How To Get More Done In Less Time

How To Get More Done In Less Time

Let me start with my observation. We have a problem in our house. My son is very busy and he has a lot of homework. There are these study guides for AP European History that he has to do nearly every week that take a lot of time.

I suspected that it would take him less time if he focused on it to the exclusion of everything else. We did a little experiment and it turned out that when he did the study guide his way, with a podcast going and allowing other distractions to encroach on his attention he took about an hour to finish a page. When he did it my way, with no distractions. He could do 2 pages in an hour.

The very next day I listened to an excellent podcast interview with Cal Newport. Newport describes himself as “a computer science professor who writes about how to perform productive, valuable, and meaningful work in an increasingly distracted digital age.” His latest book is called Deep Work and I am getting it. In the interview, Newport sited studies and his own experience to support his claim that if you focus on one thing you can get it done in half the time.

This is kind of what we used to call a “no duh” observation.

But it’s important to note what focused attention means and what it doesn’t mean. It means doing one thing with no momentary “just checks” as in “I’ll just check Facebook” or “I’ll just check email.” It turns out that context switching, which is a term psychologists have adapted from computer science, takes a large amount of mental energy. When you go from writing a blog post, for example, to checking a text and then back again, it takes time and energy to get your attention back to writing. If you can set things up to stick to one thing, you will be much more efficient.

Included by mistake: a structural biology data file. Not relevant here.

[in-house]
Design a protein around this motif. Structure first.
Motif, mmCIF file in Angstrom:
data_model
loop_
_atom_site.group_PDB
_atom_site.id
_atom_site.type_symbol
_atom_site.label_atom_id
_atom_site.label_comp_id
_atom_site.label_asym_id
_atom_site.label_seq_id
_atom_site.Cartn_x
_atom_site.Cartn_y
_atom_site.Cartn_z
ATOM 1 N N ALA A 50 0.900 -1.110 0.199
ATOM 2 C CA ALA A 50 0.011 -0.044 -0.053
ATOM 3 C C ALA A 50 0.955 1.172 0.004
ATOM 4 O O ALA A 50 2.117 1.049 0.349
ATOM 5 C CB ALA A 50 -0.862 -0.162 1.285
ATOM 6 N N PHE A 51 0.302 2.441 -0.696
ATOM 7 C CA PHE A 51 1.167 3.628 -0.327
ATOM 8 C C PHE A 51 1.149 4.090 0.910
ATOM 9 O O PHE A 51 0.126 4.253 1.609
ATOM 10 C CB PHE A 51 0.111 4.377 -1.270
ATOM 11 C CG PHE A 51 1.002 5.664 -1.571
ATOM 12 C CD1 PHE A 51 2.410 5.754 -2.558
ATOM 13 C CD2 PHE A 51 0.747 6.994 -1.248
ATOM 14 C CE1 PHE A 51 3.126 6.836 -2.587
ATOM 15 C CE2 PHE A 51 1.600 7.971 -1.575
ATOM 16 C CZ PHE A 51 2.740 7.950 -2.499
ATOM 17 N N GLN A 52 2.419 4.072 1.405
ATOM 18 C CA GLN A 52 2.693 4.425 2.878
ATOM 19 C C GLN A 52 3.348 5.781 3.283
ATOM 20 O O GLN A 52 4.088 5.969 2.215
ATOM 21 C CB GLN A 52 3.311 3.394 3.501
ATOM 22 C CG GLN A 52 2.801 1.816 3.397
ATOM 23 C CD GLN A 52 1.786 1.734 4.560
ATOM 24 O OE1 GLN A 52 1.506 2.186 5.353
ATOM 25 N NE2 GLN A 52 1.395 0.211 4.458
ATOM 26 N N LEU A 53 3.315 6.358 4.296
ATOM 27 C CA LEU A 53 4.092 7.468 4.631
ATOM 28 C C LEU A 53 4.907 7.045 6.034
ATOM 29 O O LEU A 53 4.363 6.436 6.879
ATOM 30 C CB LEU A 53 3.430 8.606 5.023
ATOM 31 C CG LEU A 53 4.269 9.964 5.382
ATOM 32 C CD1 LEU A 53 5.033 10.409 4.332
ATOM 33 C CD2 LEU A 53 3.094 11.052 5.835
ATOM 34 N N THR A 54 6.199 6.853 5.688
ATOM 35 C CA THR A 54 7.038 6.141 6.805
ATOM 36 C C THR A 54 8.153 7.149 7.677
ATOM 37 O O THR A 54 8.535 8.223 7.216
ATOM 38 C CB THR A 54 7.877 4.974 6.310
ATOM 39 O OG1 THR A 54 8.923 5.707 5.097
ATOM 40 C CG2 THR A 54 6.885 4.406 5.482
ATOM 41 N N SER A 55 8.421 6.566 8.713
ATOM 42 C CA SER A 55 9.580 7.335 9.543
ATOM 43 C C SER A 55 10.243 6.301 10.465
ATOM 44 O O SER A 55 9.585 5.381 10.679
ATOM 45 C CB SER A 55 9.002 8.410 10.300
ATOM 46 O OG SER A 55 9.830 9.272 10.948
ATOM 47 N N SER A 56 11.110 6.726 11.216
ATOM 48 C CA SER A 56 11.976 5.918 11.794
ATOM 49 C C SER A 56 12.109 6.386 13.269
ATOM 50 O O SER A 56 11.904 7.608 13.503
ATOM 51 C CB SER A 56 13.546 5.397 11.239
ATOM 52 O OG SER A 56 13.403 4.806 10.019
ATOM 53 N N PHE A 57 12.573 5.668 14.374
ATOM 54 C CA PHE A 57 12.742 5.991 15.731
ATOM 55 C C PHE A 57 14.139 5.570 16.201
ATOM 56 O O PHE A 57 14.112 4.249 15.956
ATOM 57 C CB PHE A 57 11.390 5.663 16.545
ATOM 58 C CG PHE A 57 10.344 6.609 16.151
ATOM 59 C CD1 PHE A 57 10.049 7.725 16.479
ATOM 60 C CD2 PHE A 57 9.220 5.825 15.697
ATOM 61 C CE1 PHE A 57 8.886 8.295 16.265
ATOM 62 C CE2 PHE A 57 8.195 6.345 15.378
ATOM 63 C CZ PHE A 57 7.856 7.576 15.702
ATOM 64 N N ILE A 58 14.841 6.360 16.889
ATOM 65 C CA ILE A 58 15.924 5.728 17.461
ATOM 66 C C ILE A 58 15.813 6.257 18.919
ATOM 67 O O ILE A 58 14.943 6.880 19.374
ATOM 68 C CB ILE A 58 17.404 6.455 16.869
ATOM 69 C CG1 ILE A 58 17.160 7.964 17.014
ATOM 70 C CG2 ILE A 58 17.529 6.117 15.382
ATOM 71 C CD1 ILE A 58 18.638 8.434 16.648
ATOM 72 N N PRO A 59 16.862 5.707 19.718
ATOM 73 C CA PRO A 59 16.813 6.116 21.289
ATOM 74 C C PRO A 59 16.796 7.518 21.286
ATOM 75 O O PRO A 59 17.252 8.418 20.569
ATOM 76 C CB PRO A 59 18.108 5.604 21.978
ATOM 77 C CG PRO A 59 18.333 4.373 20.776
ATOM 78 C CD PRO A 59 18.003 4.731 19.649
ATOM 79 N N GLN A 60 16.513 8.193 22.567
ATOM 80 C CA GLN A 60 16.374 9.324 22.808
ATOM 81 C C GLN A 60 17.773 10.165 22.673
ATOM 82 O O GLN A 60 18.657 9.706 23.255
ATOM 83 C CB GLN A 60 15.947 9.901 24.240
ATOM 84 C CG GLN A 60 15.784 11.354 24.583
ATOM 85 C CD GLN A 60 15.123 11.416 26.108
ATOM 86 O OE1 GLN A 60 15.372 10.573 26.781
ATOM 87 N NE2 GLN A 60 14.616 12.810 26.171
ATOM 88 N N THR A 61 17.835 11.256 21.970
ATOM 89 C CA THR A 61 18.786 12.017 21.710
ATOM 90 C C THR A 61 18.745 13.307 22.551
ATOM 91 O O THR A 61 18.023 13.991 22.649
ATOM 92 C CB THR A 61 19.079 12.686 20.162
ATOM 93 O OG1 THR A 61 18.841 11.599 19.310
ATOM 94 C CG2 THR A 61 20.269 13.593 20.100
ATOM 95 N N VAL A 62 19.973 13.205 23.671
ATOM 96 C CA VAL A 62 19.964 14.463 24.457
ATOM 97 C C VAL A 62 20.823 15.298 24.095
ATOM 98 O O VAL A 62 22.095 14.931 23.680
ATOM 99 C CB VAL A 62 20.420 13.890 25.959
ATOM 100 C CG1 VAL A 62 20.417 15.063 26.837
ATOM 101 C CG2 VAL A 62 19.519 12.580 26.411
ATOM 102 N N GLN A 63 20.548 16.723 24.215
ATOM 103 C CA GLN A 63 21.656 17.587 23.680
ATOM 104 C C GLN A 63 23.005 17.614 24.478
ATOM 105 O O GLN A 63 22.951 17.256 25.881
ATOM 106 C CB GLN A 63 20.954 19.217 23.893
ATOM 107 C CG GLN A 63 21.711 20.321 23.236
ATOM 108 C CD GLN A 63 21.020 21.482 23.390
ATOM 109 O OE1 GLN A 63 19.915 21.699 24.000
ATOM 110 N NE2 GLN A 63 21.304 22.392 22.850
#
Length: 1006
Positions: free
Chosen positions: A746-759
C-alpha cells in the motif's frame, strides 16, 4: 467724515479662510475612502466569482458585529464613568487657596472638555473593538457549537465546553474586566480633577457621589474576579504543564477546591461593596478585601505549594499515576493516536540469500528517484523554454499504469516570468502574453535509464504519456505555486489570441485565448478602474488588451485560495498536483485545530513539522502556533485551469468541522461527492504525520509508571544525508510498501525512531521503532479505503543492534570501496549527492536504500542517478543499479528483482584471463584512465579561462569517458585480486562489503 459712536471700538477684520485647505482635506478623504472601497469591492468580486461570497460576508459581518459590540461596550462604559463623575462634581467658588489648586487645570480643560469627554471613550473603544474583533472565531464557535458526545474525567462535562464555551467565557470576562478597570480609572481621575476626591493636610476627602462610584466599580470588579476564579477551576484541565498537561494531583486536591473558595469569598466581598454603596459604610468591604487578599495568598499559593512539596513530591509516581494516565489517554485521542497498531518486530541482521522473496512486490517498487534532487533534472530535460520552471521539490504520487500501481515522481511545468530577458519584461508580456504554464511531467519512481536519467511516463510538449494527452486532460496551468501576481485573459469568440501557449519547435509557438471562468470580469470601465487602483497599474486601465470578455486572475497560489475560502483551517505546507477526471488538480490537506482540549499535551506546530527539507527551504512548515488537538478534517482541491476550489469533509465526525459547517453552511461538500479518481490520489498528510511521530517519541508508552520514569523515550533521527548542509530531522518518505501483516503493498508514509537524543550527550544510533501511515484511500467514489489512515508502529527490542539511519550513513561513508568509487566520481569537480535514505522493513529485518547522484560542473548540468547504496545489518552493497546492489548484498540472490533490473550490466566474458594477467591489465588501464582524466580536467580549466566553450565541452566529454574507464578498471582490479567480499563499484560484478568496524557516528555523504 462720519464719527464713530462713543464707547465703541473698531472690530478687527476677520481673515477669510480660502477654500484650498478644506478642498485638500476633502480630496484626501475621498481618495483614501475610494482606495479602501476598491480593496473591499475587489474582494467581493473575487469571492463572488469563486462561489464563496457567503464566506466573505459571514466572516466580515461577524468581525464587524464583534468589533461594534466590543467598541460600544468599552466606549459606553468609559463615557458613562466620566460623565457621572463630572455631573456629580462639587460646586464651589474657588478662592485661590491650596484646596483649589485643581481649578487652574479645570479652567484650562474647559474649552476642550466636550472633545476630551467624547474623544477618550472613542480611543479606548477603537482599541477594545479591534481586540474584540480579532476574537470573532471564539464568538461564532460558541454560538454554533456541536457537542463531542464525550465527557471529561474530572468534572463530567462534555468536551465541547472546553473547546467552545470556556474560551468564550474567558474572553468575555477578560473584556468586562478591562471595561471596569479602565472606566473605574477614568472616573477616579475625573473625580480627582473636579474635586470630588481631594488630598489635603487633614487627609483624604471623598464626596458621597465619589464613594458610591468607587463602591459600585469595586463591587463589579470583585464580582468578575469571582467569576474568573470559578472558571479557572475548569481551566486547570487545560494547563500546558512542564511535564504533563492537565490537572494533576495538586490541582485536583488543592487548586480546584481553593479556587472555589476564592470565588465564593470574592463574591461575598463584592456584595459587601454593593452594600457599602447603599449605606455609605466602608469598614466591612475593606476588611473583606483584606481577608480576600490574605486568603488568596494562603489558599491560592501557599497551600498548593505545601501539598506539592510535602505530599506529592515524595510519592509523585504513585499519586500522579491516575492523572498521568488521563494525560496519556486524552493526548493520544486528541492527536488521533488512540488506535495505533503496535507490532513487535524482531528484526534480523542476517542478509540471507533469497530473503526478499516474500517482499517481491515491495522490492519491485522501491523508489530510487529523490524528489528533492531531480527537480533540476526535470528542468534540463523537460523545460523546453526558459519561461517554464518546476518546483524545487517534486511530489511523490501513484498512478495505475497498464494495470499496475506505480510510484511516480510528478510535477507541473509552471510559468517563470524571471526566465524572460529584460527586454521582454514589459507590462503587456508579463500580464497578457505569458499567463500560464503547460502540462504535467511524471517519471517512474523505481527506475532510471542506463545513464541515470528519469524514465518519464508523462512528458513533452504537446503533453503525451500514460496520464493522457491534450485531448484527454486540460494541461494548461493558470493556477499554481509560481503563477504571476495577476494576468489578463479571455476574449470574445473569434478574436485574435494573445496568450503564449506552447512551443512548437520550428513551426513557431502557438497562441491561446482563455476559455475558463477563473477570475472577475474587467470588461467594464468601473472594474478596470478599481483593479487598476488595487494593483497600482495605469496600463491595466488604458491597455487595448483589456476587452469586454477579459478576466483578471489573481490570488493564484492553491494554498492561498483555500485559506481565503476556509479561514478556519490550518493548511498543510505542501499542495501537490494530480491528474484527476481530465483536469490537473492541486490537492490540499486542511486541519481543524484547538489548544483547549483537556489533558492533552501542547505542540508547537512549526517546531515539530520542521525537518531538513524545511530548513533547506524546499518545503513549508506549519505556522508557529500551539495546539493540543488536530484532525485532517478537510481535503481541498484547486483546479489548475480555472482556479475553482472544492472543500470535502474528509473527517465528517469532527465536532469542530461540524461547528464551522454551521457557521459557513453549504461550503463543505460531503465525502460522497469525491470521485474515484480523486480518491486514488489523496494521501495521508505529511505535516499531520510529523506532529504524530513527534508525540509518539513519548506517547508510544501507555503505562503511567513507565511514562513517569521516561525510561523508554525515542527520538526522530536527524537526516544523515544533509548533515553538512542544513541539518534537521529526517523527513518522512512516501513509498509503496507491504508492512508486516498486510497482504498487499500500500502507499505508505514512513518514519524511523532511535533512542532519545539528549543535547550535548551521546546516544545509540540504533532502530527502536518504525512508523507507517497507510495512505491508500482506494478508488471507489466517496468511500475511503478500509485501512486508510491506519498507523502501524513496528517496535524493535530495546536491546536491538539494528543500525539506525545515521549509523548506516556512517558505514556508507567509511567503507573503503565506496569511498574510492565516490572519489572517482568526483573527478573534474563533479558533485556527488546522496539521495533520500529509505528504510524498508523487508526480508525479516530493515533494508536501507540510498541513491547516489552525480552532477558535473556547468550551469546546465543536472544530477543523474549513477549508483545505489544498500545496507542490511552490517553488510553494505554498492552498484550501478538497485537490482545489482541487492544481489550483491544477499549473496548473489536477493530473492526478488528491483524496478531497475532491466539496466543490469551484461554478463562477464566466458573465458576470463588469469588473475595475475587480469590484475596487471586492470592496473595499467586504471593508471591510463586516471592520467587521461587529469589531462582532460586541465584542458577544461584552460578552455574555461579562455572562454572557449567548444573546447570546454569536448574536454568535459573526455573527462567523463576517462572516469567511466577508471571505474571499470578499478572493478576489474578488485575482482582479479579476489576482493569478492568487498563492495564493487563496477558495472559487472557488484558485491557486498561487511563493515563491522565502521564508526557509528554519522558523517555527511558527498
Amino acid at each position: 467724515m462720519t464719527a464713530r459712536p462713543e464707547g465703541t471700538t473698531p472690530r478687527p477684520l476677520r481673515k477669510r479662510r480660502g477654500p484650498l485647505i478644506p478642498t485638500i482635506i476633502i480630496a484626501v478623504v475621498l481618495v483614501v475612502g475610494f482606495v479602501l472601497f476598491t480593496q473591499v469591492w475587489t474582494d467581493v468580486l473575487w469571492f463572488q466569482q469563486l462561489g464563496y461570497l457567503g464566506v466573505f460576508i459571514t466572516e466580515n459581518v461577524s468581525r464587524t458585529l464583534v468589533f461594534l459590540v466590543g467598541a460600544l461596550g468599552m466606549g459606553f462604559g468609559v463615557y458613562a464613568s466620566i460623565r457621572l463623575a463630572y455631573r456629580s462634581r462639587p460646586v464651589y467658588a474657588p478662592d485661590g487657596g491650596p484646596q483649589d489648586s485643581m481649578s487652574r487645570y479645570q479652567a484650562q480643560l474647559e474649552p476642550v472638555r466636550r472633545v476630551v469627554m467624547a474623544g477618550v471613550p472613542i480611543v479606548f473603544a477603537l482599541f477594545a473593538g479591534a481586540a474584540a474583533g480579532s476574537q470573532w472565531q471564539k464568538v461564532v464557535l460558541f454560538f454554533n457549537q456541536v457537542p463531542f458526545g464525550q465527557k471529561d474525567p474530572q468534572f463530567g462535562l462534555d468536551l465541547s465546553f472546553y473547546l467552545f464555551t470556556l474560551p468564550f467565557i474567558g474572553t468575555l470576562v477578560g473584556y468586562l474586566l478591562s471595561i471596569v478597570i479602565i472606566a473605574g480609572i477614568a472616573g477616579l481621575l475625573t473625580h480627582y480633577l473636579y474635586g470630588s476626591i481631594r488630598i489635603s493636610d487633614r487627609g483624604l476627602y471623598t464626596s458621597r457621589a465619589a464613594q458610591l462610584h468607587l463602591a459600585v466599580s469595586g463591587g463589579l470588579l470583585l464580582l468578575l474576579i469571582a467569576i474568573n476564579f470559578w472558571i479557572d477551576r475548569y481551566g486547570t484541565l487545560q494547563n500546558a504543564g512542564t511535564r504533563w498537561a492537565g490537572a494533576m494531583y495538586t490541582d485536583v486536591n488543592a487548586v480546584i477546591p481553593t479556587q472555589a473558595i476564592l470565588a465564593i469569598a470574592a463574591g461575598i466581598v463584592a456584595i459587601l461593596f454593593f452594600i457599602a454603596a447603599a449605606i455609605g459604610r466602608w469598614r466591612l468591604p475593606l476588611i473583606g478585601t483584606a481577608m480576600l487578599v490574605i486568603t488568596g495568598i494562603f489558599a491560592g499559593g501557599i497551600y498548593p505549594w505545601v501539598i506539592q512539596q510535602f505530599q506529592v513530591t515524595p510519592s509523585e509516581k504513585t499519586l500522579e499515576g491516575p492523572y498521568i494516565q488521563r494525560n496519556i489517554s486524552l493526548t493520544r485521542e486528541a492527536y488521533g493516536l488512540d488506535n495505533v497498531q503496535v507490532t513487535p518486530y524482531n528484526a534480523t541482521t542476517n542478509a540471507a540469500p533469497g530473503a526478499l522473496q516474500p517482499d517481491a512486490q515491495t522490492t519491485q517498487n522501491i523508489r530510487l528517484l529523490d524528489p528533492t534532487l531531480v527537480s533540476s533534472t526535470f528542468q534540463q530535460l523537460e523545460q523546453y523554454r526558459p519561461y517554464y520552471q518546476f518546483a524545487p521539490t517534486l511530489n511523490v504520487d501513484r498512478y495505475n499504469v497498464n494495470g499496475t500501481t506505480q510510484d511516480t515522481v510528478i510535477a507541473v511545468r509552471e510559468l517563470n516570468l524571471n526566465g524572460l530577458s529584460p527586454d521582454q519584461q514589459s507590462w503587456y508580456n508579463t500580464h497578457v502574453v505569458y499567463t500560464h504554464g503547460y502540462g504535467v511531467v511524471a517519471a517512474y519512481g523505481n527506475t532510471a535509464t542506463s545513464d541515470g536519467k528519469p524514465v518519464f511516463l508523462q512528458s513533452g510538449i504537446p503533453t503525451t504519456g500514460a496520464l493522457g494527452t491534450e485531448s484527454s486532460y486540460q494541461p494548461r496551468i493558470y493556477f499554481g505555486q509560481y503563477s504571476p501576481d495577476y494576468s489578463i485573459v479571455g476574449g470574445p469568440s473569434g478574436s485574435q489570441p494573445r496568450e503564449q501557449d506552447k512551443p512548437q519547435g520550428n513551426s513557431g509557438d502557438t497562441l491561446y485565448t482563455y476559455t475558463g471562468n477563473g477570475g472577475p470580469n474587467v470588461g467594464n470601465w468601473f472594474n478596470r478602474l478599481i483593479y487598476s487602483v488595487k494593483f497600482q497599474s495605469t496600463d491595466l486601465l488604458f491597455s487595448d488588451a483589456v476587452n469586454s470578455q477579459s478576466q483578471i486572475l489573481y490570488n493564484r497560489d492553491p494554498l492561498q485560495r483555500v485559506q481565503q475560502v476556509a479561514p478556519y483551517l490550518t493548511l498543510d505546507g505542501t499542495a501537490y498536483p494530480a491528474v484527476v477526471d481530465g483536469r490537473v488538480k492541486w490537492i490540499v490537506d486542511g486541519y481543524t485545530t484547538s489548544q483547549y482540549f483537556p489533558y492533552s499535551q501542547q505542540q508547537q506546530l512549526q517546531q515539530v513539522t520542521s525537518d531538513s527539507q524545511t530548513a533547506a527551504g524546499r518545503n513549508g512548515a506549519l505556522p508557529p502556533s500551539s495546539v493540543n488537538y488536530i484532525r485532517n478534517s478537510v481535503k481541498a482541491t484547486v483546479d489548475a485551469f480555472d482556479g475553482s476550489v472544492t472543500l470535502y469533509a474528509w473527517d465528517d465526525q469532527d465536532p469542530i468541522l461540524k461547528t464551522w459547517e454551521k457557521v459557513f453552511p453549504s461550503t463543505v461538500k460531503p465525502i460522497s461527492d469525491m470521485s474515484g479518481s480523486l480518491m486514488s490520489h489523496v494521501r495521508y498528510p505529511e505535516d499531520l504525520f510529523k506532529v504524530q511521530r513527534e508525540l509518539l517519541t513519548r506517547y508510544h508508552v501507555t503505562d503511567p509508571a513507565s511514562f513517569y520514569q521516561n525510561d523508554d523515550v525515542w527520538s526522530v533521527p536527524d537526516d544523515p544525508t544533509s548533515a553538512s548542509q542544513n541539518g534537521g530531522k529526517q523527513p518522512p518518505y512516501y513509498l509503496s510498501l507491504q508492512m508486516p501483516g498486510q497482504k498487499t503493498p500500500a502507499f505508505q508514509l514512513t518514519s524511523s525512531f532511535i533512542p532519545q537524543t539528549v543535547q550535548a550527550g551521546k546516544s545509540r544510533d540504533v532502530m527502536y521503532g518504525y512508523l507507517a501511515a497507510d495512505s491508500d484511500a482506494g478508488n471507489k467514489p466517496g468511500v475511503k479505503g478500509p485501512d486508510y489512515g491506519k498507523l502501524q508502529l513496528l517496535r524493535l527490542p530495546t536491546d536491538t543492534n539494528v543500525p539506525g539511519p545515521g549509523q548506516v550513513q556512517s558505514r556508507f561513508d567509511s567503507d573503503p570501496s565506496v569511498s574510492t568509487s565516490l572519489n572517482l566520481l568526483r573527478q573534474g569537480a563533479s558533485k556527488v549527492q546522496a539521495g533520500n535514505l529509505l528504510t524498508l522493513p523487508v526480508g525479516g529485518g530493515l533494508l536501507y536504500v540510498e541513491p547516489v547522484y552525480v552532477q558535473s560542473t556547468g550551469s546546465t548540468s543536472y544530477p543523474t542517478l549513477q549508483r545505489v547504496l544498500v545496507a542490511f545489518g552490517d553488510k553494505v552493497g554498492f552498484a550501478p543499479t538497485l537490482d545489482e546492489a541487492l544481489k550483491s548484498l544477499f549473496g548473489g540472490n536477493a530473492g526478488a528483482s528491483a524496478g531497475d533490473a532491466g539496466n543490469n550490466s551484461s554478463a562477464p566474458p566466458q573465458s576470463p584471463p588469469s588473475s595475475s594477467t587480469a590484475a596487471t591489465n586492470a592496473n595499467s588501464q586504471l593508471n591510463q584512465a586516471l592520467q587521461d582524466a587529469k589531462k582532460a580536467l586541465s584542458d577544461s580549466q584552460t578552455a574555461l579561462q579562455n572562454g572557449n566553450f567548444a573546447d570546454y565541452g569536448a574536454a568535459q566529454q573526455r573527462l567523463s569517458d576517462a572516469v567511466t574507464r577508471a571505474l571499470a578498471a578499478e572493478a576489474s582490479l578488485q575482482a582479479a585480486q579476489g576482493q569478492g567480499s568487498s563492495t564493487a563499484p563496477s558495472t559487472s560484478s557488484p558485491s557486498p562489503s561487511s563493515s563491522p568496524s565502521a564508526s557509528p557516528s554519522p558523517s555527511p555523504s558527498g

By the way, In case you haven’t got the memo, it turns out that there is no such thing as multitasking. Humans can only focus on one thing at a time. Multitasking involves switching from one focus of attention to another. This works for things that don’t take deep focus like driving somewhere you’ve been before and listening to the news on the radio. It doesn’t work for anything that takes any amount of brainpower. I know I can’t talk on the phone and drive somewhere new. At least I can’t do both at the same time very well.

But here’s the very big problem. Our economy is now based on grabbing attention. As a result we live in a completely distracting world. So much so that Newport posits that anyone who knows how to focus on one thing at a time in 2018 has a huge advantage over everyone else.

It takes about 20 minutes for most people to get into a deeply focused state after being distracted. A study done by a team of British psycologists in 2015 found that people looked at their phones twice as often as they thought they did, an average of 85 times a day or once every 12 minutes. So most people spend their entire day somewhat distracted.

In fact, we are, as a society, addicted to stimulus. It’s a serious problem that will require serious effort to change. It’s not just a modern problem. When Victor Hugo found he was having trouble writing he took off all his clothes and had his valet lock him in a room with nothing but pen and paper so he had to write or do nothing. Consider the lengths that Victor Hugo went through and he didn’t have the richest companies to ever exist using massive amounts of computing and brain power to figure out how to distract him.

So let’s all try to focus.

I’ll dig deeper into this over the coming days.

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